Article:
Scene from the Water's Edge:

Part 2 – Water, why?

In Part 1 I explained a bit about my background and some suggestions as to why water in landscapes might be important to me based on childhood memories, but in this section I will look in more detail into why water inspires me. What exactly is it that draws me to the water?

Obviously there are some complex emotions involved in inspiration and creativity and therefore to put pen to paper on exactly what it is that gets our artistic juices flowing is never easy.

Whilst trying to think of an answer to this question several months ago, I took a break from writing to go and shoot a sunset along the River Soar in Normanton On Soar, just a couple of miles from my home. This is a lovely stretch of river with boat moorings, a riverside pub and church, just an idyllic English scene.

I don’t normally like sunsets for various reasons, but on this occasion it was looking a bit moody and stormy and I had half an idea for a shot, so why not. If I do shoot sunsets I like them to be either soft, pastel colours or stormy, moody skies, but definitely not raging, nuclear sunsets.

As I arrived and walked over the weir to get to some of my favourite locations I was hit with the strong smell of churned up river. The smell that results from a body of water moving, in a somewhat aggressive fashion over the weir and off towards its next destination. Now to most this smell would be quite off putting, to me it started to bring back memories of my childhood, fishing near the local water mill. I recall standing there, almost trance like, taking strong sniffs of the air. To an onlooker I may have looked like the local madman, to me, it was intoxicating. Memories came flooding (no pun intended) back.

It wasn’t anything to do with the actual smell, it was the trigger for a strong memory. One which made me forget any problems in life and remember a simpler time. Was that it? Was this why water was so important to me?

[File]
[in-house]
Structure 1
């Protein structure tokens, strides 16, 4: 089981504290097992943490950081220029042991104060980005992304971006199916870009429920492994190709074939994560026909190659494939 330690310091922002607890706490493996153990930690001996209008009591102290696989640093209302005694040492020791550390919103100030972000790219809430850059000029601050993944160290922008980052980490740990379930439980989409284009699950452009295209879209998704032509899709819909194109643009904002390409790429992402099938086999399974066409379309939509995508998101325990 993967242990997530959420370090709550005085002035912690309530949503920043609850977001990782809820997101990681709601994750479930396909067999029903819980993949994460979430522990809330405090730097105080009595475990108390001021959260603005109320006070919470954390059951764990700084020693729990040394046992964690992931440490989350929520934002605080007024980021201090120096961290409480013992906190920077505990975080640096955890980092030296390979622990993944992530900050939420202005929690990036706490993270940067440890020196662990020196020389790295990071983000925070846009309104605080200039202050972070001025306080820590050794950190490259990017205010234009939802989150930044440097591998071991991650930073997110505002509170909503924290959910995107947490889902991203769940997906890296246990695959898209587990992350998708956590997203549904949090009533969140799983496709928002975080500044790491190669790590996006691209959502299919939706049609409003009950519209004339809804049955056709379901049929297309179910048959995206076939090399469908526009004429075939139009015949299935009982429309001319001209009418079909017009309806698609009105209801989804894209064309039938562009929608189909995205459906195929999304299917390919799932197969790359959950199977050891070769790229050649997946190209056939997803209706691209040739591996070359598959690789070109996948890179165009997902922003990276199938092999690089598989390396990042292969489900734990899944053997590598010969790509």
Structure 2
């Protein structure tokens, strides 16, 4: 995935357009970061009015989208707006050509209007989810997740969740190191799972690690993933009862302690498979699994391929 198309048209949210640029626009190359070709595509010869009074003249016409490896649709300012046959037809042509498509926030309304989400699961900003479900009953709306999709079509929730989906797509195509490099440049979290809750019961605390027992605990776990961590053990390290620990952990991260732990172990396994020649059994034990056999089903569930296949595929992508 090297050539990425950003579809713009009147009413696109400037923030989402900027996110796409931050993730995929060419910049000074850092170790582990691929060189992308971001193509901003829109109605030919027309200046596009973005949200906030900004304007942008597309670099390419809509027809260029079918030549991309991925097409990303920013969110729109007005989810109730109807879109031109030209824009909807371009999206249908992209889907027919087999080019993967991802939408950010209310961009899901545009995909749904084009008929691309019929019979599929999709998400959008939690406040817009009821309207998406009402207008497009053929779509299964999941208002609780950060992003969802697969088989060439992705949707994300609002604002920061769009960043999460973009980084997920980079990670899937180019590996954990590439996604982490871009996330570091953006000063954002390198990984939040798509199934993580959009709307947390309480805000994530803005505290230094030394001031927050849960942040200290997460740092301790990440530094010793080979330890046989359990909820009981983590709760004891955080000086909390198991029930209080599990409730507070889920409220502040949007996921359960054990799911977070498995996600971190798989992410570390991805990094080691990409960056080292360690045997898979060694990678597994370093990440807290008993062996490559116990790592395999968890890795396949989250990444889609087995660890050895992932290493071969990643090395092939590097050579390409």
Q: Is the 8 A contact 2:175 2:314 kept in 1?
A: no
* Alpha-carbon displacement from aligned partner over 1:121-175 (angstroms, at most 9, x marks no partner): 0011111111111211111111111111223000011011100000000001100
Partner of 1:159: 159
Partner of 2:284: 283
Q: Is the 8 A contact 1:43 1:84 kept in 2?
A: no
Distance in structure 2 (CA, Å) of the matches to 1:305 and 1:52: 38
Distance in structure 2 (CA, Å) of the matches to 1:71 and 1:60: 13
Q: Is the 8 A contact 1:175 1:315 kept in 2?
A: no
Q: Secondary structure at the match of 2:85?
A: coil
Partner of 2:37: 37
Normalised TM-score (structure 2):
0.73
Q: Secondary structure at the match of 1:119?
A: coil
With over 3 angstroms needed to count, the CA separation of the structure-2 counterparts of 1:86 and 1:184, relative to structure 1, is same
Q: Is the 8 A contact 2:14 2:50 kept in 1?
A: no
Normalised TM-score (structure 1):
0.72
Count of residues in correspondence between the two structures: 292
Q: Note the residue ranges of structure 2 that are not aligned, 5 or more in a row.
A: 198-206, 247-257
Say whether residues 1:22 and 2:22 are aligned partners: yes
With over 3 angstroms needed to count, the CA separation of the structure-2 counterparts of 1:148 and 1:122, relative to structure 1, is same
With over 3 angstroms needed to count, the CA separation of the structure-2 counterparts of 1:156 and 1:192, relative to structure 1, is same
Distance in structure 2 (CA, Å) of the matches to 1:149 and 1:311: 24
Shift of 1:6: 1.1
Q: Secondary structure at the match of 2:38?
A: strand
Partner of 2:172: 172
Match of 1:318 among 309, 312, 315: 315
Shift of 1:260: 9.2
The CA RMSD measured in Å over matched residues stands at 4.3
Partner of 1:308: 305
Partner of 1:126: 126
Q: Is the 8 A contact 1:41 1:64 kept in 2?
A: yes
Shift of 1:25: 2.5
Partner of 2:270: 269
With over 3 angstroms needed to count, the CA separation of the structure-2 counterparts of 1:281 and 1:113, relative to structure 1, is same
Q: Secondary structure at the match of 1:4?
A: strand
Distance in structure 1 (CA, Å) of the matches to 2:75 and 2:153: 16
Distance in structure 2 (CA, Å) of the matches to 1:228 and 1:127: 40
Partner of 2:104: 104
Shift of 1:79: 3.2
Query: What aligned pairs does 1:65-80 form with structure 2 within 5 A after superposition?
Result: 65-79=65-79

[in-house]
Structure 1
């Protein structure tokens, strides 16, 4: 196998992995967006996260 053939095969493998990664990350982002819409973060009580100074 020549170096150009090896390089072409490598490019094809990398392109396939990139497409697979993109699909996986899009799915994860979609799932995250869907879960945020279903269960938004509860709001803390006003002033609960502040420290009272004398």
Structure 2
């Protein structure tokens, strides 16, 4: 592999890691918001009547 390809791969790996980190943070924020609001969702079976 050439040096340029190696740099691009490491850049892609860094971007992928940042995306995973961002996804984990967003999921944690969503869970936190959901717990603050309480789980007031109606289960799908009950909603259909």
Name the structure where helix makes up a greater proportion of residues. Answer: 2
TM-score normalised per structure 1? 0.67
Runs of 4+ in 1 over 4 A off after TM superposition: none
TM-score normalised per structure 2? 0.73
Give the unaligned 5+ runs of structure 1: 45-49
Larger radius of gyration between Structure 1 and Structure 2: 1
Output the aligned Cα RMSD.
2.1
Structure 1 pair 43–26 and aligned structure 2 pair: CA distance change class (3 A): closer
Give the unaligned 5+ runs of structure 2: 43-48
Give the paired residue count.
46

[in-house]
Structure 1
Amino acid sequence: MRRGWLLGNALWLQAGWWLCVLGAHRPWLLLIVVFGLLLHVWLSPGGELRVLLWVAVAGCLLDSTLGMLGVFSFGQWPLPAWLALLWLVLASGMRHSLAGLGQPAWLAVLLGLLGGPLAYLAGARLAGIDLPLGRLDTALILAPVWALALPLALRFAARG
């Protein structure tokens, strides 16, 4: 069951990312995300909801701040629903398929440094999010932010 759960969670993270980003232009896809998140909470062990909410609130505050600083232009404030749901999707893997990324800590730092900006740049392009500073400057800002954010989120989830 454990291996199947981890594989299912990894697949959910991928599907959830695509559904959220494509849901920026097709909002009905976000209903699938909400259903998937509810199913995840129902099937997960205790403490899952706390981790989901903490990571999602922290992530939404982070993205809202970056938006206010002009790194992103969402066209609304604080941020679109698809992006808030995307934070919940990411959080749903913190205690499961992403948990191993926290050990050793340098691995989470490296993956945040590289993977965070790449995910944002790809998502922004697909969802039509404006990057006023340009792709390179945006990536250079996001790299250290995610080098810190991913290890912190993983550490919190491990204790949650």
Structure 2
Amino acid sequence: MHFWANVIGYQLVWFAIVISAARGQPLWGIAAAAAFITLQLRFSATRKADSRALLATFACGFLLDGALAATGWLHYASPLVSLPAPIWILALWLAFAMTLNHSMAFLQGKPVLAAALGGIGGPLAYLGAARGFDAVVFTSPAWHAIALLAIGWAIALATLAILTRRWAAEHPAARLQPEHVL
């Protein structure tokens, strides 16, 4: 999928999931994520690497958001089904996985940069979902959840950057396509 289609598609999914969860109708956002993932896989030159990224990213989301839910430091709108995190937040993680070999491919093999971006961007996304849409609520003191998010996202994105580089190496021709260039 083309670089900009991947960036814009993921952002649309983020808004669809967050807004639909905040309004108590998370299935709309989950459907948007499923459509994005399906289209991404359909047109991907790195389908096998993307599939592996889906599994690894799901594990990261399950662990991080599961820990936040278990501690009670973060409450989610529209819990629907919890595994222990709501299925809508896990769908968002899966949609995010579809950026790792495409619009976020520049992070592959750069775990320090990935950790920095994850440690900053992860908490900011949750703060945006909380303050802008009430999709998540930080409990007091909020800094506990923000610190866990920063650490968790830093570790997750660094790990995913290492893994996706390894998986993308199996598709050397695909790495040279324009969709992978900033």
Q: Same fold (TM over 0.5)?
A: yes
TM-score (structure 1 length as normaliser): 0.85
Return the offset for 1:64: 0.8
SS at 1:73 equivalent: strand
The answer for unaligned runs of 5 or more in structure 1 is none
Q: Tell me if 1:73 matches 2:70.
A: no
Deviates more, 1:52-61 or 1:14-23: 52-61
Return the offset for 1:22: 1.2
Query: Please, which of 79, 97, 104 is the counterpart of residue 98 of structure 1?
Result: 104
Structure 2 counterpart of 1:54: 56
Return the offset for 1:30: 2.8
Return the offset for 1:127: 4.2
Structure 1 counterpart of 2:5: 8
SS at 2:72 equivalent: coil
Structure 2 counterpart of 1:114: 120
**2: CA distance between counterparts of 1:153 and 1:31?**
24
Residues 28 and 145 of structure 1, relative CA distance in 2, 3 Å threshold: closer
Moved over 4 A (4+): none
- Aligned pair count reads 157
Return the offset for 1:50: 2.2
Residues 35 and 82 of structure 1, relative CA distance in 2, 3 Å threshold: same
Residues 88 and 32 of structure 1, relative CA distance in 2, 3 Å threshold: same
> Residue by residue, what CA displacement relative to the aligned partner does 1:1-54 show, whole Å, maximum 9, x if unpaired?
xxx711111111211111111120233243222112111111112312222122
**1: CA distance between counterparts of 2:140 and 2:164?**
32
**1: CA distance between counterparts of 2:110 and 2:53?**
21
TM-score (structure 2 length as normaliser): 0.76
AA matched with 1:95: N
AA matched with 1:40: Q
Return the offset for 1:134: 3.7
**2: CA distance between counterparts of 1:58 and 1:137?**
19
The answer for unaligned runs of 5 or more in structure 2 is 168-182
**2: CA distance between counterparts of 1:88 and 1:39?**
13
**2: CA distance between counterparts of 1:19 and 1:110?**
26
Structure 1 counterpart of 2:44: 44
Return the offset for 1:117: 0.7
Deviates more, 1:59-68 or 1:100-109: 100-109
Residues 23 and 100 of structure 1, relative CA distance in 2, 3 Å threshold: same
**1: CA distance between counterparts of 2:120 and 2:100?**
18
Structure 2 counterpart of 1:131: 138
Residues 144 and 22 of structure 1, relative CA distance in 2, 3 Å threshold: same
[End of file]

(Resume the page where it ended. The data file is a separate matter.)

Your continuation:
If I look past the memories of sight and sound, and even other senses of falling in, there is something magical about water to me.

There is the lovely stillness of my local country park reservoir, early morning with soft tones of colour reflecting off the mirror like surface as a gentle mist rolls over the scene. A truly magical time of the day when you, alone, can witness something that for most people is not seen due to the unsociable hour often associated with these scenes. Seeing a new day start, alone in the low light with just the faint sound of deer antlers clanking in the country park close by is truly fantastic and at the same time inspiring.

From that you move to small streams and rivers, where every ounce of water is jostling for position as it makes its way to its next destination. Like a crowd of commuters, the water pushes its way through what ever gets in its way, swirling and splashing through the scene. With larger rivers the scene is like a mass crowd swelling its way through the streets. The movement is mesmerising and the longer you stand and watch, the more detail within the water you see.


Then you have the coast. The sound, rhythmically moving across shingles and rocks, crashing and splashing. The smell, salty and fresh with memories of childhood trips to seaside towns and beaches. Whether it is aggressively drawing in or calmly withdrawing, the tide is such a powerful thing and it is almost impossible to not be in awe of it.

Whether it is a stillwater, manmade or natural, a river, a canal or the magical coast, water is intoxicating and enticing to me. Too complex to put in words but I hope that my images can capture some of the appeal to me so that others can enjoy the magic.




More to come in Part 3…